After 41 weeks and two days, 24 hours of labor and a looming emergency C-section, our sweet Theo finally made us a family of four. His birth was incredible. It was exciting, terrifying, tiring, a little bit scary at the end and the most rewarding thing I’ve ever done in my life.
I’ve mentioned several times that the goal was to have a VBAC (vaginal birth after C-section). To say there were a lot of opinions surrounding my choice for delivery is an understatement, but I had the full support of my doctor (she excitedly high-fived me when she saw me two nights later in the hospital! — she wasn’t on-call to deliver me) and husband so I tried not to listen or let it bother me when others questioned my choice. The fact is there are risks associated with repeat C-sections as well as VBACs. The point is to weigh them and decide what’s best for you. That’s what we did and we decided a VBAC was the best approach, knowing full well things don’t always go as planned. In all honesty, my C-section with Isla really wasn’t bad. Yes, recovery is difficult and can be painful for the first few days, but my body bounced back quickly and I’m proud of my scar. It’s a tiny reminder of one of the best days of my life. I’d have gladly had another C-section had it been the safest way to deliver Theo. A healthy baby is the goal after all.
That being said …
I wanted desperately to try to deliver Theo with a VBAC. If it didn’t work out then so be it, but I wanted to TRY. Since my C-section was the result of a frank breech baby, I was the best possible candidate. Then there was the fact that Theo was riding low (as in L O W !) and I was dilated for several weeks before my due date. Always a good sign. But as we passed the 41-week mark and after postponing my “just in case” C-section several times, it wasn’t looking good.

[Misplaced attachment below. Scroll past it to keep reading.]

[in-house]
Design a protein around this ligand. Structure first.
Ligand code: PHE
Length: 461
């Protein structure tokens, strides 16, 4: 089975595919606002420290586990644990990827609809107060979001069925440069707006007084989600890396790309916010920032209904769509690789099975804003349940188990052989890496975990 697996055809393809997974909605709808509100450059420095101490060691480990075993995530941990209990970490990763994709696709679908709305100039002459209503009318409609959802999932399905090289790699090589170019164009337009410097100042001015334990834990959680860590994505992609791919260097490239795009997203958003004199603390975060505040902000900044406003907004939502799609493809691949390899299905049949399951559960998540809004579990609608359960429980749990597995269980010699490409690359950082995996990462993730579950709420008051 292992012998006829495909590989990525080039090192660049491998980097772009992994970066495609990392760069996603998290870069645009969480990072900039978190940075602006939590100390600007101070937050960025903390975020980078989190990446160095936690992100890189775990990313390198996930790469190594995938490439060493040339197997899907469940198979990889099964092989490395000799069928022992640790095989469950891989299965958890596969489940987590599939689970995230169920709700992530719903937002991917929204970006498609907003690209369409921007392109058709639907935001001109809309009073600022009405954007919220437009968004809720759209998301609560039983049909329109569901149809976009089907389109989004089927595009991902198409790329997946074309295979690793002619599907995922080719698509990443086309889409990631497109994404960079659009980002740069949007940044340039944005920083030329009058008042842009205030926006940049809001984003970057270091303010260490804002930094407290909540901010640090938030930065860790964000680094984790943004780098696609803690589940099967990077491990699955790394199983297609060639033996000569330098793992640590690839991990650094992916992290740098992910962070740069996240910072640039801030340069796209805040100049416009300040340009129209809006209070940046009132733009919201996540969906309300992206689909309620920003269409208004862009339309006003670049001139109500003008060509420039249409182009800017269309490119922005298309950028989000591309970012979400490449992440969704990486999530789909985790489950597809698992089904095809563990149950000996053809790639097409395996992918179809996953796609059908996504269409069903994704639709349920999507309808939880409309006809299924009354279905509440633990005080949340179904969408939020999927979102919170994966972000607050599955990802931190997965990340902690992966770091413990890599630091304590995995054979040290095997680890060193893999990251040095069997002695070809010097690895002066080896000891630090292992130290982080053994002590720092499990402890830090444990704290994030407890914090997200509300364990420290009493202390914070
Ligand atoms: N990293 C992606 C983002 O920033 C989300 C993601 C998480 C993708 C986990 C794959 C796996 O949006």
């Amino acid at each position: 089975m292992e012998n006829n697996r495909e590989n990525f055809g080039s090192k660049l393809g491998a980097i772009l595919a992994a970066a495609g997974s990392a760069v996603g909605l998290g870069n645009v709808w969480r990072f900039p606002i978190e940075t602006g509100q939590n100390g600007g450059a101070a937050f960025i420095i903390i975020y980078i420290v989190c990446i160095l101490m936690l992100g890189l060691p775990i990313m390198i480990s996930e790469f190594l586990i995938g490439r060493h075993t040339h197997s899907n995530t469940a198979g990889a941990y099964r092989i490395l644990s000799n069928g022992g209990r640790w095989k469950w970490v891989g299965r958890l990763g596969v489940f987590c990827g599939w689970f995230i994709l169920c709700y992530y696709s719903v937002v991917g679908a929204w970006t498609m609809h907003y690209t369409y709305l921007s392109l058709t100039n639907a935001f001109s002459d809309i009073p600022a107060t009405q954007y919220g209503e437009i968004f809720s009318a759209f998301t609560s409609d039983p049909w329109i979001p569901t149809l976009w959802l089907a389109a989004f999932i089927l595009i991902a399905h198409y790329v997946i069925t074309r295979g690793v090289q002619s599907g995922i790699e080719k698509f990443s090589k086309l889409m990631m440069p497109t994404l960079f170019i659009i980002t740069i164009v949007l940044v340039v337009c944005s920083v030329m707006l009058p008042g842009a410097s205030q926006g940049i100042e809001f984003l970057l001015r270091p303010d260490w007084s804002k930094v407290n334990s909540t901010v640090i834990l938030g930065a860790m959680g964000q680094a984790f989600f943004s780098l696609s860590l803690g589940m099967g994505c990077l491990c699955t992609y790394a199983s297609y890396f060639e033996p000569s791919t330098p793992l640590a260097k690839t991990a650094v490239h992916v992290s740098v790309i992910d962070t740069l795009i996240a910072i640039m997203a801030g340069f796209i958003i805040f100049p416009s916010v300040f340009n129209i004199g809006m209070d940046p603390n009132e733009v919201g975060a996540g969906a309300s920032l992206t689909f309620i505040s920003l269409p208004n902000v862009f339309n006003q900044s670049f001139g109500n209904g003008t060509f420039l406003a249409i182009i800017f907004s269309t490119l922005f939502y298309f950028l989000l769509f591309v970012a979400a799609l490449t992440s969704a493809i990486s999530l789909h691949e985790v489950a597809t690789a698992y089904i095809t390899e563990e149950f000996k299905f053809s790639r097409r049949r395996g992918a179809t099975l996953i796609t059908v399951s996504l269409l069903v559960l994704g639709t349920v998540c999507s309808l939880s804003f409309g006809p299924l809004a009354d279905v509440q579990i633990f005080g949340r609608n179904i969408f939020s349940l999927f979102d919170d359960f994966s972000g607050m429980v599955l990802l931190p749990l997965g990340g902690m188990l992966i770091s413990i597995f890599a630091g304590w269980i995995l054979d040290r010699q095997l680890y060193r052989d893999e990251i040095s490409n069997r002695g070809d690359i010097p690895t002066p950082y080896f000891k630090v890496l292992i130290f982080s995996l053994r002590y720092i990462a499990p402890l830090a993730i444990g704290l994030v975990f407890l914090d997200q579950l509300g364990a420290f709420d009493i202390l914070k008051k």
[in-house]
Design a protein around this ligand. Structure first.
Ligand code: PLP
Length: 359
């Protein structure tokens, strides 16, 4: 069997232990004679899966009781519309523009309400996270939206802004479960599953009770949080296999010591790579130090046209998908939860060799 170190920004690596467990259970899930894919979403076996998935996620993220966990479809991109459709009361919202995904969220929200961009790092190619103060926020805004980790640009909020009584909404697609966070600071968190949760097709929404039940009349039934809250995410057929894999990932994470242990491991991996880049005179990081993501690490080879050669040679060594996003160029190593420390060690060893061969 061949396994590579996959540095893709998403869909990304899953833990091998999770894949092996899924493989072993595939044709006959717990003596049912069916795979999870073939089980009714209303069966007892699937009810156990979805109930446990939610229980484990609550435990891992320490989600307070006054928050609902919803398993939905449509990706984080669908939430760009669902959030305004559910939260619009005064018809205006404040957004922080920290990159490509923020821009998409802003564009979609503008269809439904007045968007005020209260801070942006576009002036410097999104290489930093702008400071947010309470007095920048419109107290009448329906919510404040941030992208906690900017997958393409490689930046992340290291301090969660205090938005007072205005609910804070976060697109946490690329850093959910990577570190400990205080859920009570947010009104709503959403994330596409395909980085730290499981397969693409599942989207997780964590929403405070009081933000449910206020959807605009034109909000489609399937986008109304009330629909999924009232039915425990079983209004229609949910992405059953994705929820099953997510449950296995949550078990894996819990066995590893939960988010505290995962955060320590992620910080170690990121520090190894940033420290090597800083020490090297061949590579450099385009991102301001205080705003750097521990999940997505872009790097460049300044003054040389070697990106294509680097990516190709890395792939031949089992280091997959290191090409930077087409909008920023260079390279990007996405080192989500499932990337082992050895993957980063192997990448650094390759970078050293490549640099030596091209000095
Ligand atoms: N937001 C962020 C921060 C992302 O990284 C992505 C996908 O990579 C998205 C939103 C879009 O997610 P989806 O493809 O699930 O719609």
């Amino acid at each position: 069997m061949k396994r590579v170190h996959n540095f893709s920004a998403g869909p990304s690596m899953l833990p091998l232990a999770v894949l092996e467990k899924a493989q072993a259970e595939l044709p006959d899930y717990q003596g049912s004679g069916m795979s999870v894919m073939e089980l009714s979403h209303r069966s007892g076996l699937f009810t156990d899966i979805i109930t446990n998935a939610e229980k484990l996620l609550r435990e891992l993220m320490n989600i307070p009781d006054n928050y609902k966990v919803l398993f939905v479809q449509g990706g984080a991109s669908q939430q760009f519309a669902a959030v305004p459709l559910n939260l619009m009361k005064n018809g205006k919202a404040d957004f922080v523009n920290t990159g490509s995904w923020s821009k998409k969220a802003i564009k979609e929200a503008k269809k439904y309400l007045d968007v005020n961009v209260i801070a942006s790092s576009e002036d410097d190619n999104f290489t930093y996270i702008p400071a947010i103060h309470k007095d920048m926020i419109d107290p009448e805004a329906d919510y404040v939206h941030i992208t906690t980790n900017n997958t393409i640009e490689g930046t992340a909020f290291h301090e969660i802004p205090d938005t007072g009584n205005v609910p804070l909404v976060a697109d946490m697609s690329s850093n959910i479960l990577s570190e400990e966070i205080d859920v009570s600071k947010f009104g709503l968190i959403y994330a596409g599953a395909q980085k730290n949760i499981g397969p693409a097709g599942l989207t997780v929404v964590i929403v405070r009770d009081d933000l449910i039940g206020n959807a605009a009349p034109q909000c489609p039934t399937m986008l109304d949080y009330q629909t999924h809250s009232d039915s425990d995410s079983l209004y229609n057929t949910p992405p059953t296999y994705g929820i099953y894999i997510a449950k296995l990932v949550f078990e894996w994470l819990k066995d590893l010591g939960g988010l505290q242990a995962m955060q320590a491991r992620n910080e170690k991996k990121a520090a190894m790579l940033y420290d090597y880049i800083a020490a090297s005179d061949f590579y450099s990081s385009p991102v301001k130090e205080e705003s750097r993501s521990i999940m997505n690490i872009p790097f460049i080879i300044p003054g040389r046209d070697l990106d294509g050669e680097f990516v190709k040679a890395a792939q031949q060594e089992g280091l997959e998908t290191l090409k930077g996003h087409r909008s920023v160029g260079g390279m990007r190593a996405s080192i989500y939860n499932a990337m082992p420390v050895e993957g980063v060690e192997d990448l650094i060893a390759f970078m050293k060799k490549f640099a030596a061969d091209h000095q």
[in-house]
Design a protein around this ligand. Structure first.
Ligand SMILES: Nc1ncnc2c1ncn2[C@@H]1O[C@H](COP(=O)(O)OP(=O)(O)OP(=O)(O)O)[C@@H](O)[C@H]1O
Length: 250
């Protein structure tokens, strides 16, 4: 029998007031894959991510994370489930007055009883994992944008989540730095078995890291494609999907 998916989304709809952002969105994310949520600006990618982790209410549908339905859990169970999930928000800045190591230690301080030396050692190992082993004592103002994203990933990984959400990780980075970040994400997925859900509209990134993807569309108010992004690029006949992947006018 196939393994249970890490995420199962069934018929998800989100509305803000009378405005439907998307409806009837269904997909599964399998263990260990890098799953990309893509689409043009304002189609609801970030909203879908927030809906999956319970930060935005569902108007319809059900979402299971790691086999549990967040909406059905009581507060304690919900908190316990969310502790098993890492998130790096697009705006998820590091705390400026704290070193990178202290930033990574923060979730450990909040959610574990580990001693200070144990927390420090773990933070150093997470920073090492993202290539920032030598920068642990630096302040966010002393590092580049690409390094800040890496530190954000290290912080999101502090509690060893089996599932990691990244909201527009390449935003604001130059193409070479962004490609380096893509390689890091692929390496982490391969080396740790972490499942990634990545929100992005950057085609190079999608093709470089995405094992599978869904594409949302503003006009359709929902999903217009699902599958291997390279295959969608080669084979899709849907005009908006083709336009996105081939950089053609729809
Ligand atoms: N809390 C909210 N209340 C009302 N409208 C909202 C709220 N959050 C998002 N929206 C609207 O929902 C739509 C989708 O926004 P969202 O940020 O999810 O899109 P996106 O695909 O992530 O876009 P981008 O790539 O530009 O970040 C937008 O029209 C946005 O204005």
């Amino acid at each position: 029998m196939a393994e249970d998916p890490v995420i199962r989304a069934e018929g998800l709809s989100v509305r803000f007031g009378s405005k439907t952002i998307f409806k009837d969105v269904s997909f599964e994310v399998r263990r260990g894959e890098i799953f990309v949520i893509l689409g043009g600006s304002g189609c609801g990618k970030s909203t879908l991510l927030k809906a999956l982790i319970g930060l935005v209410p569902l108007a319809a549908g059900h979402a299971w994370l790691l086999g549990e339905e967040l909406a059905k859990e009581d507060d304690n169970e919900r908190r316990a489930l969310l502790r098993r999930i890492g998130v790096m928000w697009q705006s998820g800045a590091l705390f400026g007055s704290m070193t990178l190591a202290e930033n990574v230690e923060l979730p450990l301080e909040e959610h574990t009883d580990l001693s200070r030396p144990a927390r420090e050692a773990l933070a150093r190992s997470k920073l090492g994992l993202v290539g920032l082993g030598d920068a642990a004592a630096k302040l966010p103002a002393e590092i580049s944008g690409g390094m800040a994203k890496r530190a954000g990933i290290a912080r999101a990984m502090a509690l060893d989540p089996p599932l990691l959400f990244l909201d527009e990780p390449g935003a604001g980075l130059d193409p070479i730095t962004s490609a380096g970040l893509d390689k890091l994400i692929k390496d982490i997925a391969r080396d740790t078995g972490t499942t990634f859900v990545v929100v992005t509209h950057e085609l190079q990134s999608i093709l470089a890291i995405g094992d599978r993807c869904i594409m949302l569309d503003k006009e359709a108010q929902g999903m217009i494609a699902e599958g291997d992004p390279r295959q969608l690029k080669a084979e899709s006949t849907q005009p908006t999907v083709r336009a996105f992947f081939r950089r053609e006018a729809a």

Then in the wee hours one morning I was jolted awake by a searing pain. The “ring of fire” my sister called it. She wasn’t kidding. I had never been so happy to be in such excruciating pain.
I labored at home for roughly 12 hours before heading to the hospital after contractions suddenly went from 15 to four minutes apart. Upon arrival, I literally collapsed from the pain between the sliding doors of the emergency room and had to be wheeled in tears to the PETU. About an hour later I got an epidural. That sweet, sweet medicine that made the pain completely disappear but also claimed the feeling in and use of my right leg. To be paralyzed on one side was not exactly comfortable, especially while trying to push a baby out, but the contraction pain was more than I could bear.
Nine hours passed before it was finally time to push. That surprised me a little. I had no idea there’d be so much down time. I tried to nap — doctor’s orders — but that wasn’t happening, so instead I thought about my sweet girl at home. It was my very first night away from her and I missed her terribly. I wondered excitedly what her brother would be like and if I could really love another baby as much as I love my Isla. (Spoiler: I could. I do.)
We had an amazing nurse and midwife. Our nurse was with us every second. It was just the three us for most of the night actually, with the midwife coming in and out to check on me.